I’ve been starting to think that there may now be relatively more return from me digging a little deeper into the long term fundamentals in choosing investments. While I still think the overall strategy is the most important thing to get right, at this point it feels like there are diminishing returns to continuing to tweak my approach from a top-down perspective. We are at a point in the cycle where I’m starting to feel more wary about following momentum and want to focus more on holding the investments where my long term conviction, given current valuations, is highest.
While in the medium term I’m still feeling bearish, in the short term the market has been holding up pretty well and looks like it may even be shaping up for another run. It wouldn’t surprise me too much if high growth stocks have further to go before the cycle turns but I’m now wary about getting sucked in again. I’m pretty happy at the moment with my more cautiously positioned portfolio, which has been chugging away steadily. At this point I think it makes sense for me to wait for events to play out and give my current vintage of investments a bit more time to mature. This gives me some space to get to know my portfolio and watchlist constituents a bit better. So in the coming weeks I’m planning to write up a few ‘deep dives’ into the detail of some of these businesses.
I have just one purchase to update on for April – Activision Blizzard.
Activision Blizzard is a large US video games developer with a market cap of about £50bn. It has three main business units: Activision, creator of the Call of Duty franchise; Blizzard, which has developed various fantasy games including World of Warcraft; and King, which specialises mobile games, including the unlikely phenomenon that is Candy Crush.
I’ve become more interested in video games developers recently. The sector as a whole clearly has a lot of growth ahead of it and the businesses have always had many attractive characteristics. There has also been a shift in business model by many developers away from making money simply from the release of newly-launched games to creating longer term franchises that continue to be improved on an ongoing basis and are monetised through in-game payments. This seems like a much better business model which echoes the shift to SaaS in enterprise software. It has a number of advantages which I touch on below.
- Business economics: Activision has a capital-light business model and throws of lots of cash. However, profitability is not as high as I might hope. Margins are above 30% but returns on capital have consistently been in the low to mid-teens. I expect profitability to improve over time with the shift in business model towards freemium franchises that rely more heavily on in-game payments. Once a franchise has successfully built up a network of players, the economics of creating and selling additional content (eg character avatars, additional levels etc.) becomes very attractive. There is also the benefit that revenues become less lumpy over time. Call of Duty has largely made this transition and the other main franchises are on their way.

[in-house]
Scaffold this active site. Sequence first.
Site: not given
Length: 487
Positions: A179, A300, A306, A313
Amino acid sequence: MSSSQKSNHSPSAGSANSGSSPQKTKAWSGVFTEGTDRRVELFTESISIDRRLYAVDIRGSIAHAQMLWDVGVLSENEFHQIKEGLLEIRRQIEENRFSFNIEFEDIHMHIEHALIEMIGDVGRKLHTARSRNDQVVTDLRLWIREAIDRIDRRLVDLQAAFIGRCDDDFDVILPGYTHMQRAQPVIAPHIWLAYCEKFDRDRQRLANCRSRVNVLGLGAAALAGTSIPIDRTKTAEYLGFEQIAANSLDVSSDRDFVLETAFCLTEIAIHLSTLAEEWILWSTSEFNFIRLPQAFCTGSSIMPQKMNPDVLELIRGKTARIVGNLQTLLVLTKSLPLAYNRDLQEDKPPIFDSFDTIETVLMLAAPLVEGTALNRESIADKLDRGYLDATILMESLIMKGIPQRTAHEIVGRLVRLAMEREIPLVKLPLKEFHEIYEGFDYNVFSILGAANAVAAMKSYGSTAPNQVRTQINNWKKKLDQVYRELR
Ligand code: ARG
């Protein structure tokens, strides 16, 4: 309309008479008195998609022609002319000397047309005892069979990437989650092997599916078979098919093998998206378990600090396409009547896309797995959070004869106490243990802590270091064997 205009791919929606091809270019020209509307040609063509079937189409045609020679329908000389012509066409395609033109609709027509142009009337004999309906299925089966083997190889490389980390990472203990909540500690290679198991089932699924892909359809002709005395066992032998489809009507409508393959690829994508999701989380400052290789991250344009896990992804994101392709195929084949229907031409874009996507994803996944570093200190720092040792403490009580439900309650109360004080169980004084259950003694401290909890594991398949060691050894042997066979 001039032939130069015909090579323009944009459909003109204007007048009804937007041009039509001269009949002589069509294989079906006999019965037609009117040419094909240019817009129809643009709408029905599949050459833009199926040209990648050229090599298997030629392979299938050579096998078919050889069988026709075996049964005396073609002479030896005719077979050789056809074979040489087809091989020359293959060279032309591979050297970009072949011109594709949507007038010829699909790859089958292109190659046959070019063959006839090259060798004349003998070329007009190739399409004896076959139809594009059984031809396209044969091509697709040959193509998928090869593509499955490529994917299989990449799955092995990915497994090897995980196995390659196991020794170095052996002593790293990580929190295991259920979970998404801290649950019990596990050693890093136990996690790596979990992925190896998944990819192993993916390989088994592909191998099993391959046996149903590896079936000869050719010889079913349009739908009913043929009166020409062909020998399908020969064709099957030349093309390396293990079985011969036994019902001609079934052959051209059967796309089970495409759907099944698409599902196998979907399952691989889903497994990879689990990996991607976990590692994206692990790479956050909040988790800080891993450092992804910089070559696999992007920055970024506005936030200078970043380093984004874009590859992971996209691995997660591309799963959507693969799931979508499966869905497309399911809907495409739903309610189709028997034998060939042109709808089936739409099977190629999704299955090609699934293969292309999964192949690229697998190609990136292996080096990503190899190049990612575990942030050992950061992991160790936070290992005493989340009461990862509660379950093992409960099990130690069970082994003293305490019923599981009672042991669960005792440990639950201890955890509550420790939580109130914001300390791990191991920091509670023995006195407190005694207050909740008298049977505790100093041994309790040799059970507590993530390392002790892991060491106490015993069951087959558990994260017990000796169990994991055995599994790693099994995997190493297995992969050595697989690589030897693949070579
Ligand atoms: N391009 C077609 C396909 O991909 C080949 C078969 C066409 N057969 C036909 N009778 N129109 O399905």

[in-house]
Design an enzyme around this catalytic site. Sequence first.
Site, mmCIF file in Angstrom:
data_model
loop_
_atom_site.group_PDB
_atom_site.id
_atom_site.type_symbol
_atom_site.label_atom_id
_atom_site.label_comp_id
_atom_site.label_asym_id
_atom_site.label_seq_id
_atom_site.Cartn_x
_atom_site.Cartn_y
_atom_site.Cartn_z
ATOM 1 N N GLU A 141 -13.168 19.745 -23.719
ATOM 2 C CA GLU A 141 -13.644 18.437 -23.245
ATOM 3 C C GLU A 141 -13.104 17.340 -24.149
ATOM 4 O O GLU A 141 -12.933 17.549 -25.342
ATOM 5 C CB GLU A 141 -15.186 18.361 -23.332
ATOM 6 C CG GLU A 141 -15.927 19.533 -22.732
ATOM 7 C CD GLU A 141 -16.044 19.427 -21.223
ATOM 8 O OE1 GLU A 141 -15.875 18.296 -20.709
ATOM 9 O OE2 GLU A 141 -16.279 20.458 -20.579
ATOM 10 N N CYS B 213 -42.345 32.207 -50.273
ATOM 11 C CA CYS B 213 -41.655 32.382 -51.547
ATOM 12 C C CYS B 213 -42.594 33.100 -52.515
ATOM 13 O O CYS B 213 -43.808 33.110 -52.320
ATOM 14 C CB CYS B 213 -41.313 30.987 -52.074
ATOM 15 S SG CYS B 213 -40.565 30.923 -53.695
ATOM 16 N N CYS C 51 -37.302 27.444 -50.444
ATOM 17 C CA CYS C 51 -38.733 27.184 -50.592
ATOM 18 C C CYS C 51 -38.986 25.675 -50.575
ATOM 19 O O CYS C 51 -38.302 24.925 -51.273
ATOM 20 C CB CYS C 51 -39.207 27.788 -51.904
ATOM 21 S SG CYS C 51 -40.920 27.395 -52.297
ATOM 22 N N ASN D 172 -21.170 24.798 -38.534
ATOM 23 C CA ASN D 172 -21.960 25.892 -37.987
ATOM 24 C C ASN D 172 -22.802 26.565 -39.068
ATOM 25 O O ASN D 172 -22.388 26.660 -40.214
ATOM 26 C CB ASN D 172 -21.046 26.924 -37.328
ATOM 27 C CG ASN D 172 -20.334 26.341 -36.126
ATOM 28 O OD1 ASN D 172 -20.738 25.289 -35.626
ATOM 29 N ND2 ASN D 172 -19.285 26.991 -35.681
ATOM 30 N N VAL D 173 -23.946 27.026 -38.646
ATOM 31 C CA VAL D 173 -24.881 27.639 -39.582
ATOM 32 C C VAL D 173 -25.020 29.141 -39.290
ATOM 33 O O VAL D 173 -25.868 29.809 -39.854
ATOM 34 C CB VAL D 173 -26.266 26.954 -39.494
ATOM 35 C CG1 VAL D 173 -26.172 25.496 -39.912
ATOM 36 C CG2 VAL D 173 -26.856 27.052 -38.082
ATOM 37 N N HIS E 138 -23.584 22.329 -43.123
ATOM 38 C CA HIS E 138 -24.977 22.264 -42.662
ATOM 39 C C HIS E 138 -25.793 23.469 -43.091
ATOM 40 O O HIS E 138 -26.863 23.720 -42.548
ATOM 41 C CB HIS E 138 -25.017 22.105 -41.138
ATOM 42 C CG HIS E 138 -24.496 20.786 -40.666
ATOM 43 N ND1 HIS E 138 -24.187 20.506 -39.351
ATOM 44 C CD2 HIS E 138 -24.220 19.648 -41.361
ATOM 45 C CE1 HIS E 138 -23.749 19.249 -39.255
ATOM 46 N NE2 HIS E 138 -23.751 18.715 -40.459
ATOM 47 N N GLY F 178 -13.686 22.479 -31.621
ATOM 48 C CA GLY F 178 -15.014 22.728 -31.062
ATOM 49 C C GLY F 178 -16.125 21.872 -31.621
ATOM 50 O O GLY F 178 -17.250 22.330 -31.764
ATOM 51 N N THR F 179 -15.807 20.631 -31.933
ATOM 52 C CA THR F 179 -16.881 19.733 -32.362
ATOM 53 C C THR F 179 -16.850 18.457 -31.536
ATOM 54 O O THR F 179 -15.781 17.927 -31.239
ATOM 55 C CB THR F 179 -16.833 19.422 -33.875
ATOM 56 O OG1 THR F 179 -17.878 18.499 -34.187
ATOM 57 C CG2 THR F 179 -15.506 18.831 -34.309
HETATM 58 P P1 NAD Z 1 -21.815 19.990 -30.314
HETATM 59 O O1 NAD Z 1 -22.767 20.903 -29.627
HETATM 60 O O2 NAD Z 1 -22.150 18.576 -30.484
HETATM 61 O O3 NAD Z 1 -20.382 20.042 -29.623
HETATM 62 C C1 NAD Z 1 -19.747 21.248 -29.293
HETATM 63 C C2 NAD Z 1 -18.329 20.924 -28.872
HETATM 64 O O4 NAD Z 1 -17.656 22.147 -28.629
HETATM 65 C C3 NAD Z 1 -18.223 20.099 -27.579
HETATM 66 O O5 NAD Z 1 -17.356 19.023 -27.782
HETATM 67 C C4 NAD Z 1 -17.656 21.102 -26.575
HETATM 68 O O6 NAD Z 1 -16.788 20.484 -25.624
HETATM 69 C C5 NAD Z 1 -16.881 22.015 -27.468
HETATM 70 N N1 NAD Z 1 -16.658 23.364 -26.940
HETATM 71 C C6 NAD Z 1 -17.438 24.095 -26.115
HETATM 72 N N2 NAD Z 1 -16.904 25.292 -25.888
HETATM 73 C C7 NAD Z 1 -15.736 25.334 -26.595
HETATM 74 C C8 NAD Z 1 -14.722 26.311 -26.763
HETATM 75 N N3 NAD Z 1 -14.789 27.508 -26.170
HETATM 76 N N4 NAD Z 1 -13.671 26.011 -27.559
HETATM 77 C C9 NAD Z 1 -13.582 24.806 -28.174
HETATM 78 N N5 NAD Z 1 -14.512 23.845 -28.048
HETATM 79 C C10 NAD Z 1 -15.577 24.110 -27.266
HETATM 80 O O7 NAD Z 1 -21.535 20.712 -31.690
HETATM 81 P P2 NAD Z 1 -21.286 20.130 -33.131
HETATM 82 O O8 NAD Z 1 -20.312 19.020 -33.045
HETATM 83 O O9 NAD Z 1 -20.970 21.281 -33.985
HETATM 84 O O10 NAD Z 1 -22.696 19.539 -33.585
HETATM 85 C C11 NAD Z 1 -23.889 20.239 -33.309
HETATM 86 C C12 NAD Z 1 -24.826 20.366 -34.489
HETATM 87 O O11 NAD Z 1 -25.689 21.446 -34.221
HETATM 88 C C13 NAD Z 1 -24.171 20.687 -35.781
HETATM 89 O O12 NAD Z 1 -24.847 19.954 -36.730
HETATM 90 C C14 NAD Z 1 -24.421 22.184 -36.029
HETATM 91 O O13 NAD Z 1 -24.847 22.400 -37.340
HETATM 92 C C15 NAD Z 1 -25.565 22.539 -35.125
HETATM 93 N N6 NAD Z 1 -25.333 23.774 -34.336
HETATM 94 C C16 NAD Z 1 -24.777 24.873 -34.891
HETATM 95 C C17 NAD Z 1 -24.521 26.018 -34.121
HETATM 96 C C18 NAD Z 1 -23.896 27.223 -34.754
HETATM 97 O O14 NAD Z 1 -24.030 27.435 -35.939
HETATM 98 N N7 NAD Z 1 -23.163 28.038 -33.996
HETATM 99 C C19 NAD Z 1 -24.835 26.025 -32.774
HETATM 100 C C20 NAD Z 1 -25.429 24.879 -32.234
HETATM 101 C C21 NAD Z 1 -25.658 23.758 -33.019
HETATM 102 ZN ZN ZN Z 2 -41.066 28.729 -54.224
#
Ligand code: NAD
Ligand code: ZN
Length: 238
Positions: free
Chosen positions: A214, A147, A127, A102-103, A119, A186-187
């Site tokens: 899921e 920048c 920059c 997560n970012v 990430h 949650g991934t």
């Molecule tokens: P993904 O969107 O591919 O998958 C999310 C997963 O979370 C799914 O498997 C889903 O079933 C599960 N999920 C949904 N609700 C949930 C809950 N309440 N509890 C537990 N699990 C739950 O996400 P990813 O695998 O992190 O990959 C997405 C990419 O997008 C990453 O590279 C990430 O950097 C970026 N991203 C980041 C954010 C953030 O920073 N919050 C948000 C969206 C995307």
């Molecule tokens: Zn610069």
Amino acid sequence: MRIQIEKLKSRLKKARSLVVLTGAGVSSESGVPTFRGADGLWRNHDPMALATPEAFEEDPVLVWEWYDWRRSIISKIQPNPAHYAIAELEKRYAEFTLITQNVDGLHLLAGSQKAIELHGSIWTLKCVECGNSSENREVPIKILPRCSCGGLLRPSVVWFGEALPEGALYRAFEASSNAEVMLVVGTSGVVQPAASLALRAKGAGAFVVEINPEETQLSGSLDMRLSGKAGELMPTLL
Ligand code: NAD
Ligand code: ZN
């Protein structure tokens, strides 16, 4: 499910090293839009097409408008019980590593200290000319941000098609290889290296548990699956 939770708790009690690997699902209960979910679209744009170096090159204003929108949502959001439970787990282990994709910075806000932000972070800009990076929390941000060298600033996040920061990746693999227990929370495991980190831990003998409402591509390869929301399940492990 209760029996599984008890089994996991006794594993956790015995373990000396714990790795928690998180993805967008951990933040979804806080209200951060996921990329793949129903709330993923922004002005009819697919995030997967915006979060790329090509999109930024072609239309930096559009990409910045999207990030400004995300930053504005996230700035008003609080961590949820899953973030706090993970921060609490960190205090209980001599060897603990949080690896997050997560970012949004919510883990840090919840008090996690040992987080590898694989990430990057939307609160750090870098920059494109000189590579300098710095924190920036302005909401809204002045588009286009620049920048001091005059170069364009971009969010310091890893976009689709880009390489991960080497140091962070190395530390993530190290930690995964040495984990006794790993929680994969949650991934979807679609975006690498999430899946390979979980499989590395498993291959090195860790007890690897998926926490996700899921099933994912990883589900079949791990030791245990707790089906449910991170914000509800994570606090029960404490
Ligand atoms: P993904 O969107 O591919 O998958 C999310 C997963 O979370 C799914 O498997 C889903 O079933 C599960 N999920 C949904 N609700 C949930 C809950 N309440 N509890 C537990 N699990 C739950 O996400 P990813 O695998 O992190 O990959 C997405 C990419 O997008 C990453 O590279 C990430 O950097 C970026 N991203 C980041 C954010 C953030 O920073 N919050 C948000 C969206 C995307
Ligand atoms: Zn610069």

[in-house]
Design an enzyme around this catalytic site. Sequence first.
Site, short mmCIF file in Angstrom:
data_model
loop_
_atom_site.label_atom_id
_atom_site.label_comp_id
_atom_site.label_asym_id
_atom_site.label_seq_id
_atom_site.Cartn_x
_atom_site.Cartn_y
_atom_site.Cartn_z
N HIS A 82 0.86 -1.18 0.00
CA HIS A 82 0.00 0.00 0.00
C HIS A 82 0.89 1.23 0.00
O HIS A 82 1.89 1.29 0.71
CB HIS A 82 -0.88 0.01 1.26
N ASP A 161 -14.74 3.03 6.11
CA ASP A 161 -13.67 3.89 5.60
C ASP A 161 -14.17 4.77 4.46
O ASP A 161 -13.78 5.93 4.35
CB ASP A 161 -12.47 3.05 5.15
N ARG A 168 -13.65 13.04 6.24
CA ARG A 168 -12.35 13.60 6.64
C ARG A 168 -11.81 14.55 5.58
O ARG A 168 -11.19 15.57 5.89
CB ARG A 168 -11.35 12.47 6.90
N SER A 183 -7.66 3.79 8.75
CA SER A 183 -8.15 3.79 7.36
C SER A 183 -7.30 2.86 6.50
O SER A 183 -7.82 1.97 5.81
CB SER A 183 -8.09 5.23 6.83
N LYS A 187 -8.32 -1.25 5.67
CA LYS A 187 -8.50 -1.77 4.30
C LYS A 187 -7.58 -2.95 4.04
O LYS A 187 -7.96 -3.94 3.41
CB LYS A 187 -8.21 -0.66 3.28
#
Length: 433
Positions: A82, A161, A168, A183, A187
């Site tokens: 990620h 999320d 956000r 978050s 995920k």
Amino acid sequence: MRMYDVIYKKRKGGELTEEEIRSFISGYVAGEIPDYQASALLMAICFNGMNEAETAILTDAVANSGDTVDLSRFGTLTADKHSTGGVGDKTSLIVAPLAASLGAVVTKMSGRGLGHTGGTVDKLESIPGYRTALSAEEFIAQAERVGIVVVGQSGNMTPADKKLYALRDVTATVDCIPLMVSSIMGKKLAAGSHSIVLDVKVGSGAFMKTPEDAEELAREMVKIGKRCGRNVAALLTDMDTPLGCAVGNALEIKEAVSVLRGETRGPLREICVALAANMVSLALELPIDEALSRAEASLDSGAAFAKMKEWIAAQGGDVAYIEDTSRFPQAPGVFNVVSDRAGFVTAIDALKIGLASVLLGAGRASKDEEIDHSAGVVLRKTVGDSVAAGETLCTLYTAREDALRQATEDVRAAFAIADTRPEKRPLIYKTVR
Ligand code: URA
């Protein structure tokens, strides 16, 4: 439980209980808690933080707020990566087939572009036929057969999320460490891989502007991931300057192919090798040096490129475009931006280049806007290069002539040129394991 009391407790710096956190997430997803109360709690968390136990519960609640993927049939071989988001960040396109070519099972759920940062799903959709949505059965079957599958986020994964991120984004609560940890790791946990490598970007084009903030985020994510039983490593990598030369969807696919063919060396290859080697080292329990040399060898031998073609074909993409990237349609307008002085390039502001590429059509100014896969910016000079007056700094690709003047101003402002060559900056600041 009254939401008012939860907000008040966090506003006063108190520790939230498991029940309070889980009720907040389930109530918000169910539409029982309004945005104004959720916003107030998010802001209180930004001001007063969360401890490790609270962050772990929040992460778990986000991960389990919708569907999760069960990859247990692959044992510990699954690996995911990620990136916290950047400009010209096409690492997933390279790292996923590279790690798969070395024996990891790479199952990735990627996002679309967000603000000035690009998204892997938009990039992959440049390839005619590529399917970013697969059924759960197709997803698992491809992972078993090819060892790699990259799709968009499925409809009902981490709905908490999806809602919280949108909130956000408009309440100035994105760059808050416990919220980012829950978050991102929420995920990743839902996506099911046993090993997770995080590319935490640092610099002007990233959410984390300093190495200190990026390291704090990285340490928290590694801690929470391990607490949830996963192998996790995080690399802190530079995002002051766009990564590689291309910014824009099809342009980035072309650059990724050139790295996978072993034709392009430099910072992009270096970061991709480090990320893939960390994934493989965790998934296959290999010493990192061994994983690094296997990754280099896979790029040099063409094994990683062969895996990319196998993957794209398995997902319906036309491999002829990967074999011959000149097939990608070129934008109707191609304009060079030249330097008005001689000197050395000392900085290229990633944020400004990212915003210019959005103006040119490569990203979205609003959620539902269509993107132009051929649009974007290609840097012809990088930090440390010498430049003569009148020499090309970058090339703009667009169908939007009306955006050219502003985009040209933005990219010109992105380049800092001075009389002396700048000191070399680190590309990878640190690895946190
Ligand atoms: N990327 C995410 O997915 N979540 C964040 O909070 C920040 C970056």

- Track record: the long term track record is great. Despite a bit of lumpiness from year to year, if you zoom out there is fairly consistent growth in revenues and profits over the longer term. The share price is up almost 100x over twenty years, some pretty decent compound growth.
- Competitive advantage: any developer of original differentiated video game content that is not straightforward to produce naturally benefit from some competitive advantage. Even more so if the games involve immersive artificial worlds that continue to be developed over time and allow players to interact with one another. Continued development over time can make players more engaged and invested in the game and less likely to switch to something else. Interaction with other players can lead to powerful network effects. Activision already operates several well-established franchises that benefit from these advantages and look likely to be able to sustain themselves for a long time. Developing this sort of franchise is not easy and involves both luck and skill. It seems likely that Activision’s past success has helped it develop know-how to be better able to roll out further franchises. A rapidly evolving sector like video games does present some risk from changing technology or a new hyper-successful phenomenon emerging, like Fortnite.
- Growth prospects: one of the main attractions of this investment is that the long term prospects for the video games sector as a whole seem excellent. The fact that Activision is already such a large business does limit the potential upside to some extent, but there still seem to be no shortage of opportunities for further growth eg by further optimising its business model or rolling out further franchises.
The current momentum in the underlying business is excellent, though in part due to a boost from the pandemic so there is a question about how much growth will slow down when it wears off. I’m optimistic about this and in any event happy to look past an short term slowing of growth. Price momentum is good, though the share price has been consolidating for the last couple of months. The valuation seems very reasonable given the long term prospects.